9.3 Building Resilience to Extreme Heat: The National Integrated Heat Health Information System (NIHHIS)

Wednesday, 28 June 2017: 11:00 AM
Mt. Mitchell/Mt. Roan (Crowne Plaza Tennis and Golf Resort)
Hunter Jones, NOAA, Silver Spring, TX; and J. Trtanj and E. Mecray

Communities across the nation are increasingly facing more extreme heat events, and the latest National Climate Assessment (NCA) finds that extreme heat events will be more frequent, more intense, and longer in duration in the future. As extreme heat is already considered the deadliest national hazard by NOAA’s National Weather Service, and given the many underreported non-lethal effects from heat exhaustion to reduced labor productivity, an effective approach to understanding and reducing the health risks associated with extreme heat is needed. Presently, these communities, and the many different types of decision-makers from public health to urban planning, all manage the problem of extreme heat differently and require different climate information in so doing. The thresholds and parameters for issuing alerts, the level of government at which prevention and response is coordinated, and the resources and capacity to manage the risk may vary from state to state and city to city. At the same time, the character of the exposure to this hazard also varies, and will continue to change in the future. Given this growing problem, and the wide set of approaches to managing it, the National Oceanic and Atmospheric Administration (NOAA) and the Centers for Disease Control and Prevention (CDC) united efforts to develop a system for understanding what is needed in these diverse communities, what is currently being done, and how to promote a consistent and effective approach to managing this risk in the future. This system is the National Integrated Heat Health Information System (NIHHIS), which was launched in 2015 and has grown to include decision-makers from many disciplines, local heat-health risk management pilot projects, and many additional agency partners including EPA, FEMA, OSHA, ASPR, NIOSH, and SAMHSA.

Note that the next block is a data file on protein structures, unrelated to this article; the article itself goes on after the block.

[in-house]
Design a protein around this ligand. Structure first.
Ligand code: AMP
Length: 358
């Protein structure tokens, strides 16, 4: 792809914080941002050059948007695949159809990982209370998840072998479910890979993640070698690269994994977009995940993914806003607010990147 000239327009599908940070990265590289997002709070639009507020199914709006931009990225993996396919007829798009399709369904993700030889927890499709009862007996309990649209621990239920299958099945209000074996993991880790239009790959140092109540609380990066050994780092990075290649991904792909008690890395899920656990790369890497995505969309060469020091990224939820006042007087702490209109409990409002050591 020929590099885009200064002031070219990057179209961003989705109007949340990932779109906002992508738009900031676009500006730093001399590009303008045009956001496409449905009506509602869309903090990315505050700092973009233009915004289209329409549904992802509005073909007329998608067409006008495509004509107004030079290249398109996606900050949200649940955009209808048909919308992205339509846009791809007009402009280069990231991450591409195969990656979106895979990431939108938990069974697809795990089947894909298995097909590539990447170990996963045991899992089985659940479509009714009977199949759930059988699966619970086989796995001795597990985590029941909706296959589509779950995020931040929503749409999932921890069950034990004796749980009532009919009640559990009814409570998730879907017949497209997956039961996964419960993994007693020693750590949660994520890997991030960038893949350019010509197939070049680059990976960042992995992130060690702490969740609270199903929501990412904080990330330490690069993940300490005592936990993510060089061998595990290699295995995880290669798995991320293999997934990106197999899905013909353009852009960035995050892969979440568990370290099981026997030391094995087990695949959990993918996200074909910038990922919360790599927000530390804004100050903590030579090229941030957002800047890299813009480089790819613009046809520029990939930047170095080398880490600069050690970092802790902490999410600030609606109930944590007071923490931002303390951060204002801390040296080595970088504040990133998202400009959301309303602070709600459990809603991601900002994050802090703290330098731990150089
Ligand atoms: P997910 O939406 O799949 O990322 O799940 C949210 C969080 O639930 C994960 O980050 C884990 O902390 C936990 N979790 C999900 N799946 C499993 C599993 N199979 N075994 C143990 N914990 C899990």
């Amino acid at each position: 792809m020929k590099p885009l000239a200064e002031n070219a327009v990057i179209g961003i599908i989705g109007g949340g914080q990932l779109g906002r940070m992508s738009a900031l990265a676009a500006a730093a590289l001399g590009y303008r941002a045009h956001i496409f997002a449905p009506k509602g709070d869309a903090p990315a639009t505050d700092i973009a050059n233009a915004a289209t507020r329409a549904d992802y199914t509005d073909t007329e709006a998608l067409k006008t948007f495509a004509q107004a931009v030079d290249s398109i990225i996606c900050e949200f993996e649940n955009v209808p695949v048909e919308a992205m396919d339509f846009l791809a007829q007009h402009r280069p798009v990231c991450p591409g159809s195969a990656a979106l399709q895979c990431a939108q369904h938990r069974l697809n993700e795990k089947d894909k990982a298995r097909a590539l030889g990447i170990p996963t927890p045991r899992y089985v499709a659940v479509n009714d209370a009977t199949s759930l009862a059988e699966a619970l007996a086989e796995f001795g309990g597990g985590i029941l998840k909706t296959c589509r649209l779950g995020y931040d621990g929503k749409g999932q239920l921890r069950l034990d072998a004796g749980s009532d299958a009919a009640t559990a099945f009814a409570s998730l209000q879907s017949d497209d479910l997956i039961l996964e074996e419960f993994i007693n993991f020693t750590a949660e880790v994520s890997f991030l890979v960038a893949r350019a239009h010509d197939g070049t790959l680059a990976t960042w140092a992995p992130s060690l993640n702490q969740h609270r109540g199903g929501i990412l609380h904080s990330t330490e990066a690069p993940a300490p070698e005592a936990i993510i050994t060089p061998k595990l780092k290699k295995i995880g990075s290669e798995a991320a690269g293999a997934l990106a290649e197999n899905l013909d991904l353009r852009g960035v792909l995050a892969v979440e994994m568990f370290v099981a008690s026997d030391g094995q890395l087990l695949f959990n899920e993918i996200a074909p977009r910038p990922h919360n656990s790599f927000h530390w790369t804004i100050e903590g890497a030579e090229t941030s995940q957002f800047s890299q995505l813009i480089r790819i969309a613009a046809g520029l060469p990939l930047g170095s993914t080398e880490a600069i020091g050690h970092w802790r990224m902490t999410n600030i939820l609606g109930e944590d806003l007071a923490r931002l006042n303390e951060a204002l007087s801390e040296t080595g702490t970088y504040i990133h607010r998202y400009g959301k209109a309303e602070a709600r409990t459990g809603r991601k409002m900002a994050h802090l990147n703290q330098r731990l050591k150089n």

NIHHIS is bringing together these agencies, decision-makers, and researchers to characterize the impact of heat on the health of many vulnerable populations including older adults, children, outdoor workers, athletes, and the military. NIHHIS regional pilots in the Southwest, Northeast, and Midwest/Great Lakes are co-developing requirements and climate information to capture and address what may be unique decision-making contexts, but also to propagate good practices and encourage harmonization of approaches wherever possible. With emerging capacity to predict aspects of heat across time scales from days to emerging 3-4 week outlooks, to calls for seasonal and yearly information from the health community, the demand for an integrated suite of climate and weather information is emerging. NIHHIS is poised to provide this information, combined with relevant public health, safety, emergency management, and other information to support well informed decisions that protect vulnerable populations and entire communities.

This presentation will provide an overview of the NIHHIS approach to managing extreme heat, and will include consideration of the key agency research program contributions to NIHHIS. A detailed look at the regional pilots, starting with the Southwestern pilot activities held in El Paso, Las Cruces, and Ciudad Juarez, and continuing to the Northeastern pilot region inclusive of New York and New England, will be provided. Importantly, these regions differ in terms of the character of extreme heat (arid and chronic versus humid and episodic), vulnerability to extreme heat (pervasiveness of air conditioning, demographics), and in terms of short-term and long-term needs for climate information. Special attention will be paid to the many sectors with decision-makers engaged in each region, the decisions they must make to protect vulnerable populations, the timescales for such decisions, and the climate and health information needs to support these decisions.

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